New York City’s taxi drivers have had a bumpy ride the last several weeks.
After the Taxi and Limousine Commission (TLC) abruptly lifted a cap last month on the number of electric Uber and Lyft vehicles on its streets, drivers with the New York Taxi Workers Alliance (NYTWA) gathered Wednesday to protest a policy that the union drivers say will drive down their bottom line.
“The [TLC’s] plan to oversaturate the streets with new vehicles is going to be disastrous,” said NYTWA Executive Director Bhairavi Desai.
The Alliance has argued that the city’s decision last month to lift the cap on TLC license plates for electric vehicles would flood the roads with an “unlimited” number ride-share drivers in a move that would end up hurting both the Uber and Lyft drivers as well as yellow taxi drivers it represents.
“You work 12 hours in a night, you barely make $300. You barely make $200. How can you afford your bills with that? And on top of that, these people wanna come and flood the street,” said Malang Gassama.
The NYTWA has since filed a lawsuit that the TLC violated city rules by not holding adequate public hearings around the policy, and last week a Manhattan state judge ordered a temporary restraining order against New York the issuance of new licenses to for-hire vehicles.
The city is claiming the pause in applications caused by NYTWA’s lawsuit ended up having the opposite of its intended effect by motivating a last-minute surge of applicants for the electric vehicle licenses.
“As a result of NYTWA’s lawsuit and the TRO, we received a surge of applications for EV licenses in a short period of time,” said TLC Commissioner David Do. “We will be doing everything we can to support these new small business owners as they get on the road towards a cleaner, healthier, and more sustainable future.”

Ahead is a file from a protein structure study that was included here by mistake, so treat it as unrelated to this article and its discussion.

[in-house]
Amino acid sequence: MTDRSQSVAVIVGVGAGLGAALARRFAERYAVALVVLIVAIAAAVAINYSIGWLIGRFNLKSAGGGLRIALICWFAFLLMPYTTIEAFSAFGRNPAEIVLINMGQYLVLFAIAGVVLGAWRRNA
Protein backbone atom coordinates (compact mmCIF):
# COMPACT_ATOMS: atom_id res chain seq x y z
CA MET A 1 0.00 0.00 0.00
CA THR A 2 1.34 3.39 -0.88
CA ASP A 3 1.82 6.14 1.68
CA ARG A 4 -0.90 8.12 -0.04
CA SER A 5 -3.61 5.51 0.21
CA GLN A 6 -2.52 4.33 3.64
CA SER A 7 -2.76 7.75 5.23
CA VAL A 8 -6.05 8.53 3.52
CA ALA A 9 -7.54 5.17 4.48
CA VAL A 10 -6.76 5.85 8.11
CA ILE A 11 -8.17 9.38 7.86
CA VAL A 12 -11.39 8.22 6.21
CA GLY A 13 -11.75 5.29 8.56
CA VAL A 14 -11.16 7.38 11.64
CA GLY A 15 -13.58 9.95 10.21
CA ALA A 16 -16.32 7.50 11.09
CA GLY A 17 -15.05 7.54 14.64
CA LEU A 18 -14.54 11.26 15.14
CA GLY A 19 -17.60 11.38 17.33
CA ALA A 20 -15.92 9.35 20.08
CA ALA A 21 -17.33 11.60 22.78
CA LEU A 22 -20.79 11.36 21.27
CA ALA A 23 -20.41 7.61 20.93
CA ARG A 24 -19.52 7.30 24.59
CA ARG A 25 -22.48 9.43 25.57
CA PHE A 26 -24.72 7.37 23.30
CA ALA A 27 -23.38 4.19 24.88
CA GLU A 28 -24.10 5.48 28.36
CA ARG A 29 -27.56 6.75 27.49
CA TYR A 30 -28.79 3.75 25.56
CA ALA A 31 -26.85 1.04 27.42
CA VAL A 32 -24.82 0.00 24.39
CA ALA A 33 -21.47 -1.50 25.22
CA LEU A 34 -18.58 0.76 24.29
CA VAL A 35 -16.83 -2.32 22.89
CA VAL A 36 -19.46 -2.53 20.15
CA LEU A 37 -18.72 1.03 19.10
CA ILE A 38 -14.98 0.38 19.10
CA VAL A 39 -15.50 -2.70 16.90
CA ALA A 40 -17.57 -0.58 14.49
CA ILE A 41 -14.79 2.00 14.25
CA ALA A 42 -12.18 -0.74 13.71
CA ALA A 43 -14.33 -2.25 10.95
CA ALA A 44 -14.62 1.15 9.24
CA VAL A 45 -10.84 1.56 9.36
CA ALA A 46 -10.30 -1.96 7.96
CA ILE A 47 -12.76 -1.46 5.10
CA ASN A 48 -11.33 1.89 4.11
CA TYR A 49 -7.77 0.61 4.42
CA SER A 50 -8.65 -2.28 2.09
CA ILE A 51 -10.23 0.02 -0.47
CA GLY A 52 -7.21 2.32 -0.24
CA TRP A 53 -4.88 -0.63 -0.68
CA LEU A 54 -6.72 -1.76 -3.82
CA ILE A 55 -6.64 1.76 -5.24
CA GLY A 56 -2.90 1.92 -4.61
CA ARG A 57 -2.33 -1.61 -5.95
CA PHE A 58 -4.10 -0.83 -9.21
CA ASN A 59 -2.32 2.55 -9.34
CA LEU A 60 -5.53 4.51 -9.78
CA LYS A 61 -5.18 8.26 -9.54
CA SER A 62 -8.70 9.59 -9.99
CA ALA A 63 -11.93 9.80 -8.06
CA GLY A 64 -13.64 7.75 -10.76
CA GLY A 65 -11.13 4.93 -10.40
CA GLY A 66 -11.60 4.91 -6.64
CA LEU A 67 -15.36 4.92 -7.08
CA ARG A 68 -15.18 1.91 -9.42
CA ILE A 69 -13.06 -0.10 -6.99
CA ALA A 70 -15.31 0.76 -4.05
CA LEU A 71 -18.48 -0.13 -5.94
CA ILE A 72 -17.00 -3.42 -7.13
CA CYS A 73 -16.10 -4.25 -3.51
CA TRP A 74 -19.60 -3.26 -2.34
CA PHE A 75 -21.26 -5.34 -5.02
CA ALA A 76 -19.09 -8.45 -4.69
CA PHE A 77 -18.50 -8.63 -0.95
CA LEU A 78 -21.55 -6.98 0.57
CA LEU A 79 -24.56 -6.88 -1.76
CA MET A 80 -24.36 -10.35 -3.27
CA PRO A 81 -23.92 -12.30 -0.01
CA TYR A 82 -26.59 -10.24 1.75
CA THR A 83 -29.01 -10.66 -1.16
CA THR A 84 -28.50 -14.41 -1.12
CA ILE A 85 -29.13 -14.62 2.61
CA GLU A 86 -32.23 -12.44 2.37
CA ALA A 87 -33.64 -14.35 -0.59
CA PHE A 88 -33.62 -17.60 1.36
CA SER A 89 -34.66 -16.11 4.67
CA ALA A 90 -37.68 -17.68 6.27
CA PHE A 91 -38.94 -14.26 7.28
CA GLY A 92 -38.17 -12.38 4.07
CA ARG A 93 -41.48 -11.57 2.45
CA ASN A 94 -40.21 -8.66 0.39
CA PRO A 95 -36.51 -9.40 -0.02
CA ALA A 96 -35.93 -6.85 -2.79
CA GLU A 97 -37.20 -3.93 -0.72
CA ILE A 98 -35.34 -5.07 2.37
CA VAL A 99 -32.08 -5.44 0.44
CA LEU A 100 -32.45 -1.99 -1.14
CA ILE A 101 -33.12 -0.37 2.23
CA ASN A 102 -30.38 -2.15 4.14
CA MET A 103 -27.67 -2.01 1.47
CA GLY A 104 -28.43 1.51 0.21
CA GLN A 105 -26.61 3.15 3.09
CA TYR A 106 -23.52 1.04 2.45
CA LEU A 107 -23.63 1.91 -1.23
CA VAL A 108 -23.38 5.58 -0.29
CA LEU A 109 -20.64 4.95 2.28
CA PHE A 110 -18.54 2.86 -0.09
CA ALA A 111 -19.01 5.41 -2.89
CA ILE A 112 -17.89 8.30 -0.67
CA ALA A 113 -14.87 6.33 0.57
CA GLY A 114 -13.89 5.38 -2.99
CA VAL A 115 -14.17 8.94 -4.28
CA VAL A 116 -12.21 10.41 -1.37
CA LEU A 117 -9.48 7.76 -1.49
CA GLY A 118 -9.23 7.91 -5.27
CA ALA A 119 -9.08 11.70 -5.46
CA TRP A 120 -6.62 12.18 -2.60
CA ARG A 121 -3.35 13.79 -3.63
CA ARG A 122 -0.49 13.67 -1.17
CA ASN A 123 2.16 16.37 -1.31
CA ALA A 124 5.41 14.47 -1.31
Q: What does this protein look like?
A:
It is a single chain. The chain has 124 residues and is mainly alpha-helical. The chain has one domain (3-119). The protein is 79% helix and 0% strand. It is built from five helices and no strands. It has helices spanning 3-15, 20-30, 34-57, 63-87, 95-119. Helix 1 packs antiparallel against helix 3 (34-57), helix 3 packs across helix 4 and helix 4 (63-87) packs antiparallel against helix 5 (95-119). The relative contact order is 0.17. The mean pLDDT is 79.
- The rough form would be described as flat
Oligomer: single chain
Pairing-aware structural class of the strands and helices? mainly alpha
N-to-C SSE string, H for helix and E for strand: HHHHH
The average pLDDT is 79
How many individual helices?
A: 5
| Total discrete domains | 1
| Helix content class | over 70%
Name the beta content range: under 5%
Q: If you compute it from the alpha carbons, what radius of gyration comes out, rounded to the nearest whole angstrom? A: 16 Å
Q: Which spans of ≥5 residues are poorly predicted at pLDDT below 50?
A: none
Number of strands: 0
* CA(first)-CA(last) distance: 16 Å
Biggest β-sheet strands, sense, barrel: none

‘They don’t wanna listen to us’
The cap on for-hire vehicles is just one fight in a tumultuous period for the taxi union. The Alliance is simultaneously fighting for two pieces of taxi regulation in the City Council, and pushing an exemption for taxi and ride-share drivers from congestion pricing.
The union has argued that the TLC’s new electric vehicle policy is in direct conflict with the MTA’s goal of congestion pricing. Meanwhile it’s calling for an exemption for all yellow cab drivers who already pay two taxes on each trip in and out of western Manhattan to the MTA.
Intros 1078 and 1079, the two city council bills that the union is pushing, would respectively create a city-arbitrated appeals process and set of rights for drivers accused of misconduct and would also regulate ride-share rates.
Though the union covered a variety of issues, the end of the cap was the most animating for the four ride-share drivers who spoke at the rally.
Alpha Barry, a Lyft driver, said that he agreed with the union that ending the ride-share cap would “flood the road with thousands of thousands of cars.”
Ibrahim Zoure, Lyft driver, argued that for individual drivers who are renting their vehicles at steep rates, the city’s approach should be to limit rental costs rather than creating a new path toward electric vehicle ownership.
“They don’t wanna listen to us. We’ve been struggling. We are the drivers. We know what’s going on on the street more than them,” Barry said before holding his head in his hands on the podium.